Vijay C Roy
Tribune News Service
Chandigarh, September 1
In order to create a level-playing subject for the complete textile worth chain, the Northern India Textile Mills’ Association (NITMA) has sought removing of anti-dumping responsibility on viscose staple fibre (VSF) — a key uncooked materials utilized in apparels, dwelling textiles, costume supplies, knitwears and non-woven functions. The energy loom business relies on the VSF to compete within the world market.
The VSF attracts an anti-dumping responsibility of $0.103 to $0.512 per kg on imports from Indonesia, China and Thailand. According to the business, the VSF is given undue safety by means of anti-dumping responsibility which impacts the complete textile worth chain.
According to textile gamers, the anti-dumping responsibility has been affecting the facility loom material exports and making them uncompetitive.
Further, with the rising demand of viscose fibre in India, the present capability of home producers is just not sufficient to fulfill the demand. They alleged that indigenous producers had been adopting import parity pricing whereas promoting the fibre to home spinners at a premium of Rs 20 per kg.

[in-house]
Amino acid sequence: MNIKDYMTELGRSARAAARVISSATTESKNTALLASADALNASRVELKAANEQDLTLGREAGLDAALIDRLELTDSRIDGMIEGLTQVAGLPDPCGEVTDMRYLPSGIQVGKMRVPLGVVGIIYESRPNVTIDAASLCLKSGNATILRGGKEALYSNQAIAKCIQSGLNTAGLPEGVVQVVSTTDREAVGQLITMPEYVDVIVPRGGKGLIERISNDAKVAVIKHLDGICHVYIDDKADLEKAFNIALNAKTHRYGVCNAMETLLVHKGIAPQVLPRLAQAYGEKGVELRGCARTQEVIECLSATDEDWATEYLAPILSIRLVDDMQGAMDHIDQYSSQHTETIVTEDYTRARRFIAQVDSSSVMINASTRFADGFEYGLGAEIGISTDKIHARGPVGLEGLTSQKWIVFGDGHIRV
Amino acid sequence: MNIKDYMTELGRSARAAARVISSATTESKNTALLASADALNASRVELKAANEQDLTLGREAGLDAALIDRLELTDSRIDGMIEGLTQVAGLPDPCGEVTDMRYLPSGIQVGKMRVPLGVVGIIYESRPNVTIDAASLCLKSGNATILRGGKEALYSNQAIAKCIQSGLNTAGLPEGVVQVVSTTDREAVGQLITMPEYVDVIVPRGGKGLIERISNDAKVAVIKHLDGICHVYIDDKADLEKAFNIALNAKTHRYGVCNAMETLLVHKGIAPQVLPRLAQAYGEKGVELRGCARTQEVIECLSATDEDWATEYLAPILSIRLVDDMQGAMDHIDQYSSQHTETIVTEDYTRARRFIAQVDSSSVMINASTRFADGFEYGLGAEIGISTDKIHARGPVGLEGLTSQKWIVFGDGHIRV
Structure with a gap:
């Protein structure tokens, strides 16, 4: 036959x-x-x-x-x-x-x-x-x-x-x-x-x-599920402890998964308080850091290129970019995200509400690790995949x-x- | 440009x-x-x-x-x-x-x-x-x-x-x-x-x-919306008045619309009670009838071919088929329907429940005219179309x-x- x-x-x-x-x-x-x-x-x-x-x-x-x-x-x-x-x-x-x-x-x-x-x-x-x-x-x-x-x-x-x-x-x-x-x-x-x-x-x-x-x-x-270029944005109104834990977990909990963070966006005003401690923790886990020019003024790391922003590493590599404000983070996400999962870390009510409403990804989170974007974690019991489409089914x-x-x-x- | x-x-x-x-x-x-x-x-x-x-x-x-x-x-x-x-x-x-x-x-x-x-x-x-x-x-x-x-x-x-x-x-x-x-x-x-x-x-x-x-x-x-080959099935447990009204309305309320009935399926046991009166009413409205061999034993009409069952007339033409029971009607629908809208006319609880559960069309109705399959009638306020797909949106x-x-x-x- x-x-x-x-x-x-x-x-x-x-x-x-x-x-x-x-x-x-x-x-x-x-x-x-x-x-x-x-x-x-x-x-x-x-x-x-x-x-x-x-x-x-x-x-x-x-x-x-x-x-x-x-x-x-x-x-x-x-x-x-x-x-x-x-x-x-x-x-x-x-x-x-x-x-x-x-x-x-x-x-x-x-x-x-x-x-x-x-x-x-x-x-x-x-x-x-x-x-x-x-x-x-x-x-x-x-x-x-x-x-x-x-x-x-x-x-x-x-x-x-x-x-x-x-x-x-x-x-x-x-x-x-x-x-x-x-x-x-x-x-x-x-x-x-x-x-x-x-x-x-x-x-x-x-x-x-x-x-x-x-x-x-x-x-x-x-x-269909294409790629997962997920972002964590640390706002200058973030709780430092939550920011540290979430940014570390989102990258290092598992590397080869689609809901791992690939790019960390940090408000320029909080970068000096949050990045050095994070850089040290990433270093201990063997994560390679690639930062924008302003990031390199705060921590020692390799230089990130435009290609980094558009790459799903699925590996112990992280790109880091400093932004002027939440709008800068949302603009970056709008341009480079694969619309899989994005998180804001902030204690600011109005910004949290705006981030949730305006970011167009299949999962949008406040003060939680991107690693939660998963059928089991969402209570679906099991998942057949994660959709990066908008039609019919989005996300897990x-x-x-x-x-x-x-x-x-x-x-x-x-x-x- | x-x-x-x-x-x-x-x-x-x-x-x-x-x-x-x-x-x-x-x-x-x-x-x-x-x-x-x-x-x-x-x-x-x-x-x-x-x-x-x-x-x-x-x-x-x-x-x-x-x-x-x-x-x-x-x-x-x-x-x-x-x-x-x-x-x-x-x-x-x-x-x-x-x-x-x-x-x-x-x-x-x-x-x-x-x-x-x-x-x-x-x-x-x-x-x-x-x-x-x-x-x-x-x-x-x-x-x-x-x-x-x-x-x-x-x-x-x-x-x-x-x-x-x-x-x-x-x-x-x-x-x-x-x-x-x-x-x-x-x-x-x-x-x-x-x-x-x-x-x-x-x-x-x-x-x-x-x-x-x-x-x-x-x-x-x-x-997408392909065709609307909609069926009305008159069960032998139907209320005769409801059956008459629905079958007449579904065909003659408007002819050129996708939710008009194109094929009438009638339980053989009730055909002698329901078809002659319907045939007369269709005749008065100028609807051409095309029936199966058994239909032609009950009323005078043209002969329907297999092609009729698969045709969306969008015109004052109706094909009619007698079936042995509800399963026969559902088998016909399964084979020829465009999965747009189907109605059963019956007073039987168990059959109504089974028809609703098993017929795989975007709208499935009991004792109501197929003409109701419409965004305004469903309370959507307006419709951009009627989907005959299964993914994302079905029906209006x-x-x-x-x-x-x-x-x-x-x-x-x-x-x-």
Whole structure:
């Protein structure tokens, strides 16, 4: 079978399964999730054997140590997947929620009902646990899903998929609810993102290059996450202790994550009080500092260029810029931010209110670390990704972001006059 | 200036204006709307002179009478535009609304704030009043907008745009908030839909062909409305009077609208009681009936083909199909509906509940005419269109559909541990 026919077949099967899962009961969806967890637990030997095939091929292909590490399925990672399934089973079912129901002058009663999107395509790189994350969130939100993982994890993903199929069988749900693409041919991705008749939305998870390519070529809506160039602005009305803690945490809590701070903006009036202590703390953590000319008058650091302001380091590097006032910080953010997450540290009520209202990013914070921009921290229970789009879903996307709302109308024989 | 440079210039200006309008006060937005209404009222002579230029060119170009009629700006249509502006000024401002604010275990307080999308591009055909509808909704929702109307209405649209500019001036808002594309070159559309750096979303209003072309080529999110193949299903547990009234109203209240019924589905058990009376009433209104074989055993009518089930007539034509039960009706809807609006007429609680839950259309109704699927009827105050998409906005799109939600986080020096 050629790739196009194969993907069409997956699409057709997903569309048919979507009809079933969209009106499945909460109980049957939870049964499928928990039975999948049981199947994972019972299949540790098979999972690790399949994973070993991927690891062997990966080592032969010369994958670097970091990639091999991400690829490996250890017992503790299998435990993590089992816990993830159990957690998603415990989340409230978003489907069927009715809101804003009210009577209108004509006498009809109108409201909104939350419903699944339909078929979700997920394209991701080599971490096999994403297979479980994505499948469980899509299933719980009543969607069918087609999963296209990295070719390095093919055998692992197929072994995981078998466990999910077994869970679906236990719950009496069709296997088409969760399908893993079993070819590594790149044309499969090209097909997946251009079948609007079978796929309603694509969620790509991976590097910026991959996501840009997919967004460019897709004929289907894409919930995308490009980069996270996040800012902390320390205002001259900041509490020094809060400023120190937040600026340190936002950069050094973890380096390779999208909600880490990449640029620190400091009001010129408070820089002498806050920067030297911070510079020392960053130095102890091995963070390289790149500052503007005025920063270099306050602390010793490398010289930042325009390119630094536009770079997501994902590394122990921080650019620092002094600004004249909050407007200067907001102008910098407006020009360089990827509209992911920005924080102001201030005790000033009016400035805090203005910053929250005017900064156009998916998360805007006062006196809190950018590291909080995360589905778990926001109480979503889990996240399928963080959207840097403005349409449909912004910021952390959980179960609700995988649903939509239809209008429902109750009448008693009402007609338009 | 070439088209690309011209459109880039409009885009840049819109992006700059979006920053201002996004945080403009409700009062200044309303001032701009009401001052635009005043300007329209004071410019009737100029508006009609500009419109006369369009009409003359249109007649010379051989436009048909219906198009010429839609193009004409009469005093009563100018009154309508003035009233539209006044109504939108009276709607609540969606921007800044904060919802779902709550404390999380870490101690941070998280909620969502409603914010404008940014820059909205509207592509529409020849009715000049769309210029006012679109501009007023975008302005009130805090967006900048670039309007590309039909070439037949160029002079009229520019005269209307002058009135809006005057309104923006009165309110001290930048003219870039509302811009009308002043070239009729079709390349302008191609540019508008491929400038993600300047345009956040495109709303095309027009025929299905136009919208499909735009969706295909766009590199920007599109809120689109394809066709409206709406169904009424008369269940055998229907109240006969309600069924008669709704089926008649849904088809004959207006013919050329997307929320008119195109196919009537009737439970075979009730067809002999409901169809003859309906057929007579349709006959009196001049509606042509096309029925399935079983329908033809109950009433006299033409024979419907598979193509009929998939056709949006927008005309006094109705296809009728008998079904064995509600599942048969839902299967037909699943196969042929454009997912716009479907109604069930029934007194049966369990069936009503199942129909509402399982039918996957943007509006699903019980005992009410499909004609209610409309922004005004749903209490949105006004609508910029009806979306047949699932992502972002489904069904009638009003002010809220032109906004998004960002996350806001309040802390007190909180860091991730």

The producers monopolise the commerce with their pricing coverage and MSME spinners who don’t have the negotiation energy endure probably the most, says Sanjay Garg, president, NITMA.
“The indigenous producers are exporting the VSF to countries such as Bangladesh, Turkey, Nepal, and Sri Lanka at international prices and this discriminatory pricing policy has been affecting the competitiveness of the entire viscose-based value chain in India,” he added.
The differential pricing coverage adopted by the indigenous VSF producers makes the textile gamers non-competitive as in comparison with different nations within the world market. The Rs 50,000-crore textile business of North India has specialised manufacturing clusters in Ludhiana, Panipat and Baddi-Barotiwala-Nalagarh belt of Himachal.